Semenya's gender became a hot topic among reporters as the Olympic champion was subjected to sex testing by the International Association of Athletics Federations (IAAF). According to Ruth Padawer from the New York Times, Semenya was forced to undergo relentless examination by gender experts to determine whether or not she was woman enough to compete as one. While the IAAF has never released the results of their testing, that did not stop the media from making irreverent speculations about the athlete's gender.

Moments after winning the Berlin World Athletics Championship in 2009, Semenya was faced with immediate backlash from fellow runners. Elisa Cusma who suffered a whopping defeat after finishing in sixth place, felt as though Semenya was too masculine to compete in a women's race. Cusma stated, "These kind of people should not run with us. For me, she is not a woman. She's a man." While her statement proved insensitive enough, her perspective was acknowledged and appeared to be a mutually belief among the other white female competitors.

Fast forward to 2018, the IAAF issued new Eligibility Regulations for Female Classification (Athlete with Differences of Sexual Development) that apply to events from 400m to the mile, including 400m hurdles races, 800m, and 1500m. The regulations created by the IAAF state that an athlete must be recognized at law as either female or intersex, she must reduce her testosterone level to below 5 nmol/L continuously for the duration of six months, and she must maintain her testosterone levels to remain below 5 nmol/L during and after competing so long as she wishes to be eligible to compete in any future events. It is believed that these new rules have been put into effect to specifically target Semenya given her history of being the most recent athlete to face this sort of discrimination.

With these regulations put into effect, in combination with the lack of information about whether or not Semenya is biologically a female of male, society has seemed to come to the conclusion that Semenya is intersex, meaning she was born with any variation of characteristics, chromosomes, gonads, sex hormones, or genitals. After her initial testing, there had been alleged leaks to media outlets such as Australia's Daily Telegraph newspaper which stated that Semenya's results proved that her testosterone levels were too high. This information, while not credible, has been widely accepted as fact. Whether or not Semenya is intersex, society appears to be missing the point that no one is entitled to this information. Running off their newfound acceptance that the Olympic champion is intersex, it calls into question whether her elevated levels of testosterone makes her a man.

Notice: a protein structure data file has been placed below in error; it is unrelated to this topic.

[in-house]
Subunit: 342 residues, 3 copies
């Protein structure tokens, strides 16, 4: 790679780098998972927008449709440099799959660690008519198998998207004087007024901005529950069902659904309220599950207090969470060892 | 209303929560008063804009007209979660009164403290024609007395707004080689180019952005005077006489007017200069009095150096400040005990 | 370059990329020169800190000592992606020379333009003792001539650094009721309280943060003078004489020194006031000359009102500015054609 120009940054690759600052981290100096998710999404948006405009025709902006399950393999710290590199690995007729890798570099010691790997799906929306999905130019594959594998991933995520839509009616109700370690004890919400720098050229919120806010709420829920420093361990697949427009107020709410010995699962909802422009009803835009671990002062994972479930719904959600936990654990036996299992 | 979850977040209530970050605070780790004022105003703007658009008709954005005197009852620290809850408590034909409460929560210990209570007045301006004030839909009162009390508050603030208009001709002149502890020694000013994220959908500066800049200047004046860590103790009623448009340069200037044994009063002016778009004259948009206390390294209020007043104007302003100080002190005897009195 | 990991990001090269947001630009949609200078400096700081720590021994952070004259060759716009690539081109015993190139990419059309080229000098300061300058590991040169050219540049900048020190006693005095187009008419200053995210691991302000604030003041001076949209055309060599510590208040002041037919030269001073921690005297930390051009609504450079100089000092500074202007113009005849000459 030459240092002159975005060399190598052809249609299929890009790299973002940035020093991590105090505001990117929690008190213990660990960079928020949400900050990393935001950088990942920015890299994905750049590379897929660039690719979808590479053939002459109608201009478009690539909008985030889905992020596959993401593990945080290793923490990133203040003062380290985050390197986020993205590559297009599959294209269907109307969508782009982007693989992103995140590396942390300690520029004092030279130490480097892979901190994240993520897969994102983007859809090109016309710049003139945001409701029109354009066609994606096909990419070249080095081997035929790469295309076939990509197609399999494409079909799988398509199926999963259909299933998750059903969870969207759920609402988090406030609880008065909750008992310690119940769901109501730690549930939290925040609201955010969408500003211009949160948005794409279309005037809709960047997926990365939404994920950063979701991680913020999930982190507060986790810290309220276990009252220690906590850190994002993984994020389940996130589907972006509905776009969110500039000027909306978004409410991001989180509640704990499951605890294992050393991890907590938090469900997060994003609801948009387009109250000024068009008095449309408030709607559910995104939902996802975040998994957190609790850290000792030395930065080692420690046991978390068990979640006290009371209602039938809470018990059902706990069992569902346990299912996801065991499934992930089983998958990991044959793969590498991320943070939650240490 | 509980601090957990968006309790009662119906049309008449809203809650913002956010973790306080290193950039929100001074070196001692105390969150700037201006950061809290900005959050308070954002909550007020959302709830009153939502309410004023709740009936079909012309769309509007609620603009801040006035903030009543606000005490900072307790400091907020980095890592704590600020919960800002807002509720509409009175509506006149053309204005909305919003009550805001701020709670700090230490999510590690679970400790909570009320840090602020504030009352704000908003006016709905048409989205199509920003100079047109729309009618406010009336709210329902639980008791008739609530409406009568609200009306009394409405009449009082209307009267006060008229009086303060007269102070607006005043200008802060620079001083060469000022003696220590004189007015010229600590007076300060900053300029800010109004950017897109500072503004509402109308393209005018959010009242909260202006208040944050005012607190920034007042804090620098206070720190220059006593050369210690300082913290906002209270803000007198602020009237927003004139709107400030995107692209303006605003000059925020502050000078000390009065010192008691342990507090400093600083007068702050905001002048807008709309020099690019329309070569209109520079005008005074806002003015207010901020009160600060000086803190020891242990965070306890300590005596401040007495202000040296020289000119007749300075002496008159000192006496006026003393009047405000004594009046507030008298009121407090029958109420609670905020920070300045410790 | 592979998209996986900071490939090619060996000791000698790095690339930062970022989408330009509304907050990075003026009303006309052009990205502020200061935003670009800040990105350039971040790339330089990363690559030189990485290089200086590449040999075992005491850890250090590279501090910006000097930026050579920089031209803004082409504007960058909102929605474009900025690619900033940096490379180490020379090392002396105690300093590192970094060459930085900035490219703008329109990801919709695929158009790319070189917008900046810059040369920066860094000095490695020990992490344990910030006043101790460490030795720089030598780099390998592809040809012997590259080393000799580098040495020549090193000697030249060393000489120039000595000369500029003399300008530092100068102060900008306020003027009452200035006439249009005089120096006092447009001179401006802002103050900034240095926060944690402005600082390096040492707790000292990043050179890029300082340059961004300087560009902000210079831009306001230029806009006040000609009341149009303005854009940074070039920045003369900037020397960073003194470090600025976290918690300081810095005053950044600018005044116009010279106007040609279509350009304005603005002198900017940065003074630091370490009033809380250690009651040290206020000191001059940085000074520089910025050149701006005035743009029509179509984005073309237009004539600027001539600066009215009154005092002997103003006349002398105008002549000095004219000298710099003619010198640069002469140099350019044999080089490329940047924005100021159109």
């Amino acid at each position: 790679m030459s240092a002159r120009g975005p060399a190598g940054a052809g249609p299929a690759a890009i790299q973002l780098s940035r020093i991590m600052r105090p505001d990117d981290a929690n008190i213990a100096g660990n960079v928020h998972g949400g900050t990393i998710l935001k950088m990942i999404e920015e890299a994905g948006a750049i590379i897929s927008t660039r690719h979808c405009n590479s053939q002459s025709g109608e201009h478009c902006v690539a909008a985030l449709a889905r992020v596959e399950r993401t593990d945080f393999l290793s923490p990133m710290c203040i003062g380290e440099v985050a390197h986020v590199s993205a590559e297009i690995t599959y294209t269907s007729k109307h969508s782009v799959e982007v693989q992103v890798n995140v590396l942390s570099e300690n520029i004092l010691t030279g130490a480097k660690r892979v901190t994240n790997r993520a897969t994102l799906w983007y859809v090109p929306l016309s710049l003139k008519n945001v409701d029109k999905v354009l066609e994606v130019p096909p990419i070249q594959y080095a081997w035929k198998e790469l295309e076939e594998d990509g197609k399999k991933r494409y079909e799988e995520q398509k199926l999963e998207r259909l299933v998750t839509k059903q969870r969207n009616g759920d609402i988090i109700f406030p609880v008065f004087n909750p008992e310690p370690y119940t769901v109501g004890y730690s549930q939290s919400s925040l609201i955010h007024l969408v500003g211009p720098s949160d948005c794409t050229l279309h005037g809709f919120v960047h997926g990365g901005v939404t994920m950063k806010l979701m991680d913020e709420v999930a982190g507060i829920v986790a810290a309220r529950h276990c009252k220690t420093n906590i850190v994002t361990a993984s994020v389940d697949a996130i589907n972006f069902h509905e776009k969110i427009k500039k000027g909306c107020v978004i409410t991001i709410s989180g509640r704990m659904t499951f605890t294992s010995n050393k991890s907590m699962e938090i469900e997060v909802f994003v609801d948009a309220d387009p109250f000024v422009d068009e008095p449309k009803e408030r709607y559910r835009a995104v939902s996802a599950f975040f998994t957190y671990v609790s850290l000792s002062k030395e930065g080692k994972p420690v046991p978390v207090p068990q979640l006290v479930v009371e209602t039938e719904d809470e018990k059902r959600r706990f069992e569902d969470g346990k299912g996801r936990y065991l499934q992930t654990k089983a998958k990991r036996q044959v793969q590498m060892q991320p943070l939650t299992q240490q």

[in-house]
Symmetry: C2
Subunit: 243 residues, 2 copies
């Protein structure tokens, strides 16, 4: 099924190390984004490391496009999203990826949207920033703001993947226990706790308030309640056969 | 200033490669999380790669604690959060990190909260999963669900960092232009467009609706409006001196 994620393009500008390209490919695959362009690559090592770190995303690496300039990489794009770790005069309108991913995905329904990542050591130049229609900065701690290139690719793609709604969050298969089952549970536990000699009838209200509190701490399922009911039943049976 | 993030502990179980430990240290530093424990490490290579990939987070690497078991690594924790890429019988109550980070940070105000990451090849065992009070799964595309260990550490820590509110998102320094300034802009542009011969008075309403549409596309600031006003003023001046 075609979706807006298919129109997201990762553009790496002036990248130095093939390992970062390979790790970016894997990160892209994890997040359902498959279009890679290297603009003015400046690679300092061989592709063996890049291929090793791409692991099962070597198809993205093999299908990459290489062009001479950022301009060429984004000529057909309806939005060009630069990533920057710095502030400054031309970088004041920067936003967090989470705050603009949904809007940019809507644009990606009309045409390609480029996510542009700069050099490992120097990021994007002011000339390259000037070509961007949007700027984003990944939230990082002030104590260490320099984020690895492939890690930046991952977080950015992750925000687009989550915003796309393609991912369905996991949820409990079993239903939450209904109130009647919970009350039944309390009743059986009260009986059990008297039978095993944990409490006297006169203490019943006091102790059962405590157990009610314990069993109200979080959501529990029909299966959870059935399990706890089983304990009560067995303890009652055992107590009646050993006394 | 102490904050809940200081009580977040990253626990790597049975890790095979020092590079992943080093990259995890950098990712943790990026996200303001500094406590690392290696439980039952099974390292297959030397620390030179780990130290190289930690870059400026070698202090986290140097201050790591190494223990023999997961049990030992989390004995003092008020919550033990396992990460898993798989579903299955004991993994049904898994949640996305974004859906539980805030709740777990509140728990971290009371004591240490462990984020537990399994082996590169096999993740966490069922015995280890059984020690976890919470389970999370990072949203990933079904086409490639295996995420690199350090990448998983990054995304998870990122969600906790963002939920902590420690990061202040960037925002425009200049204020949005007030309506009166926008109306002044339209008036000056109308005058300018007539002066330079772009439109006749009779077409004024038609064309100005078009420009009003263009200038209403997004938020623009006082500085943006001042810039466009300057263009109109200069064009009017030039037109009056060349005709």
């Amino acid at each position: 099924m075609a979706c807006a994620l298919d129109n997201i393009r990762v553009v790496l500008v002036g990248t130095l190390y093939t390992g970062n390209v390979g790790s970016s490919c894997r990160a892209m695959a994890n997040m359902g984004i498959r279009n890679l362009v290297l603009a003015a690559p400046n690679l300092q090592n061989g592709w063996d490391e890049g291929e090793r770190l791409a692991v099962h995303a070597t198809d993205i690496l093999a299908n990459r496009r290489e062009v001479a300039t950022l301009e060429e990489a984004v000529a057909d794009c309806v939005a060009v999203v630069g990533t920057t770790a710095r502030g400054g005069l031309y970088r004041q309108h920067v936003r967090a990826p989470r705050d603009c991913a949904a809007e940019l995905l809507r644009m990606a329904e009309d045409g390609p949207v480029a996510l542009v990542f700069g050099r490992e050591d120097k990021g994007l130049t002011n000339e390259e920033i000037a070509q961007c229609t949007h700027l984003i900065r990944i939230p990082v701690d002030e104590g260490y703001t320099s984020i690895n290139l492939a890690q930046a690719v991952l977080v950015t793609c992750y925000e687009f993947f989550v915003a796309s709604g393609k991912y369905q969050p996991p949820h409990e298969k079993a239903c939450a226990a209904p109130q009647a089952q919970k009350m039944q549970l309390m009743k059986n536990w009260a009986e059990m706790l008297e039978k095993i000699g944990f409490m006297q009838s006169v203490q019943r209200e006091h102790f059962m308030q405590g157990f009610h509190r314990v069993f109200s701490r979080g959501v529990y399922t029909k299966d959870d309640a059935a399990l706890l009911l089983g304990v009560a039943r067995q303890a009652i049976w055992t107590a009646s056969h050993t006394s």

The IAAF published a study concluding that higher levels of testosterone do, in fact, contribute to the level of performance in track and field. However, higher testosterone levels have never been the sole determining factor for sex or gender. There are conditions that affect women, such as PCOS, in which the ovaries produce extra amounts of testosterone. However, those women never have their womanhood called into question, nor should they—and neither should Semenya.

Every aspect of the issue surrounding Semenya's body has been deplorable, to say the least. However, there has not been enough recognition as to how invasive and degrading sex testing actually is. For any woman, at any age, to have her body forcibly examined and studied like a science project by "experts" is humiliating and unethical. Under no circumstances have Semenya's health or well-being been considered upon discovering that her body allegedly produces an excessive amount of testosterone. For the sake of an organization, for the comfort of white female athletes who felt as though Semenya's gender was an unfair advantage against them, Semenya and other women like her, must undergo hormone treatment to reduce their performance to that of which women are expected to perform at. Yet some women within the athletic community are unphased by this direct attempt to further prove women as inferior athletes.

As difficult as this global invasion of privacy has been for the athlete, the humiliation and sense of violation is felt by her people in South Africa. Writer and activist, Kari, reported that Semenya has had the country's undying support since her first global appearance in 2009. Even after the IAAF released their new regulations, South Africans have refuted their accusations. Kari stated, "The Minister of Sports and Recreation and the Africa National Congress, South Africa's ruling party labeled the decision as anti-sport, racist, and homophobic." It is no secret that the build and appearance of Black women have always been met with racist and sexist commentary. Because Black women have never managed to fit into the European standard of beauty catered to and in favor of white women, the accusations of Semenya appearing too masculine were unsurprising.

Despite the countless injustices Semenya has faced over the years, she remains as determined as ever to return to track and field and compete amongst women as the woman she is. Her fight against the IAAF's regulations continues as the Olympic champion has been receiving and outpour of support in wake of the Association's decision. Semenya is determined to run again, win again, and set new and inclusive standards for women's sports.